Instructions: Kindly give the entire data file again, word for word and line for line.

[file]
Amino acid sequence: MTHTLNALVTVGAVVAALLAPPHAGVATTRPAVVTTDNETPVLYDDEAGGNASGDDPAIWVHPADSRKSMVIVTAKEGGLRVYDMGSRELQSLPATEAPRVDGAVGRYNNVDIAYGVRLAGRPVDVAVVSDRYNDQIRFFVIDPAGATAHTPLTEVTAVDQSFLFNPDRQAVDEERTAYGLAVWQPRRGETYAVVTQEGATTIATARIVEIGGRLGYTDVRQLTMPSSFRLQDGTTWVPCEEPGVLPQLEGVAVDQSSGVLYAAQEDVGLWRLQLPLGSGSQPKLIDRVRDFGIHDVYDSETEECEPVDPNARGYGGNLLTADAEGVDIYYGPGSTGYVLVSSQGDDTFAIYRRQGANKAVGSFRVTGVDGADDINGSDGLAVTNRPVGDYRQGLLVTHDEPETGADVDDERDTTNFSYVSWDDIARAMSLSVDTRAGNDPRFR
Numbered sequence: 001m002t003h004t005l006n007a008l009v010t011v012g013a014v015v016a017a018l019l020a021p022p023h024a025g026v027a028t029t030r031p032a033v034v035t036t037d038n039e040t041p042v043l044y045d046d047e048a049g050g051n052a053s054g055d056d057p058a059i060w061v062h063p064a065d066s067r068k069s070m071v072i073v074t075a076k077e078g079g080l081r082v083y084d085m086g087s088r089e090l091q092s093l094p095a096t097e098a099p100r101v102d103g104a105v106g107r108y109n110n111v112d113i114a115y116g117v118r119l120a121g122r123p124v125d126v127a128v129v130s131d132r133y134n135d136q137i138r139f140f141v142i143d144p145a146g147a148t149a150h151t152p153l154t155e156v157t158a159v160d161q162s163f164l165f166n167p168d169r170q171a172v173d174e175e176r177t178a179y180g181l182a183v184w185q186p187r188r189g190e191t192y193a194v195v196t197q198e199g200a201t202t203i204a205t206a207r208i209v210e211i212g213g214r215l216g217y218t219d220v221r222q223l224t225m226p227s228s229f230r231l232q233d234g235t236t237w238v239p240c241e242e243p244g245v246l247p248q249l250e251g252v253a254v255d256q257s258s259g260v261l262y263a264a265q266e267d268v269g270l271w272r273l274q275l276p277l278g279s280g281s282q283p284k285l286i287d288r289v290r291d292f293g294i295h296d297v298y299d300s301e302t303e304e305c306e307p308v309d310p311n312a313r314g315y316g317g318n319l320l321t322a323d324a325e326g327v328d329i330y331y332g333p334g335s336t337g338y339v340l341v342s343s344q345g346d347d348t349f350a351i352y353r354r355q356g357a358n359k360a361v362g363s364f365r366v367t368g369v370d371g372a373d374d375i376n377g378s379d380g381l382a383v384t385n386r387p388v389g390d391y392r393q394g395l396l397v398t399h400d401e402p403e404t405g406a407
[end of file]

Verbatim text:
Amino acid sequence: MTHTLNALVTVGAVVAALLAPPHAGVATTRPAVVTTDNETPVLYDDEAGGNASGDDPAIWVHPADSRKSMVIVTAKEGGLRVYDMGSRELQSLPATEAPRVDGAVGRYNNVDIAYGVRLAGRPVDVAVVSDRYNDQIRFFVIDPAGATAHTPLTEVTAVDQSFLFNPDRQAVDEERTAYGLAVWQPRRGETYAVVTQEGATTIATARIVEIGGRLGYTDVRQLTMPSSFRLQDGTTWVPCEEPGVLPQLEGVAVDQSSGVLYAAQEDVGLWRLQLPLGSGSQPKLIDRVRDFGIHDVYDSETEECEPVDPNARGYGGNLLTADAEGVDIYYGPGSTGYVLVSSQGDDTFAIYRRQGANKAVGSFRVTGVDGADDINGSDGLAVTNRPVGDYRQGLLVTHDEPETGADVDDERDTTNFSYVSWDDIARAMSLSVDTRAGNDPRFR
Numbered sequence: 001m002t003h004t005l006n007a008l009v010t011v012g013a014v015v016a017a018l019l020a021p022p023h024a025g026v027a028t029t030r031p032a033v034v035t036t037d038n039e040t041p042v043l044y045d046d047e048a049g050g051n052a053s054g055d056d057p058a059i060w061v062h063p064a065d066s067r068k069s070m071v072i073v074t075a076k077e078g079g080l081r082v083y084d085m086g087s088r089e090l091q092s093l094p095a096t097e098a099p100r101v102d103g104a105v106g107r108y109n110n111v112d113i114a115y116g117v118r119l120a121g122r123p124v125d126v127a128v129v130s131d132r133y134n135d136q137i138r139f140f141v142i143d144p145a146g147a148t149a150h151t152p153l154t155e156v157t158a159v160d161q162s163f164l165f166n167p168d169r170q171a172v173d174e175e176r177t178a179y180g181l182a183v184w185q186p187r188r189g190e191t192y193a194v195v196t197q198e199g200a201t202t203i204a205t206a207r208i209v210e211i212g213g214r215l216g217y218t219d220v221r222q223l224t225m226p227s228s229f230r231l232q233d234g235t236t237w238v239p240c241e242e243p244g245v246l247p248q249l250e251g252v253a254v255d256q257s258s259g260v261l262y263a264a265q266e267d268v269g270l271w272r273l274q275l276p277l278g279s280g281s282q283p284k285l286i287d288r289v290r291d292f293g294i295h296d297v298y299d300s301e302t303e304e305c306e307p308v309d310p311n312a313r314g315y316g317g318n319l320l321t322a323d324a325e326g327v328d329i330y331y332g333p334g335s336t337g338y339v340l341v342s343s344q345g346d347d348t349f350a351i352y353r354r355q356g357a358n359k360a361v362g363s364f365r366v367t368g369v370d371g372a373d374d375i376n377g378s379d380g381l382a383v384t385n386r387p388v389g390d391y392r393q394g395l396l397v398t399h400d401e402p403e404t405g406a407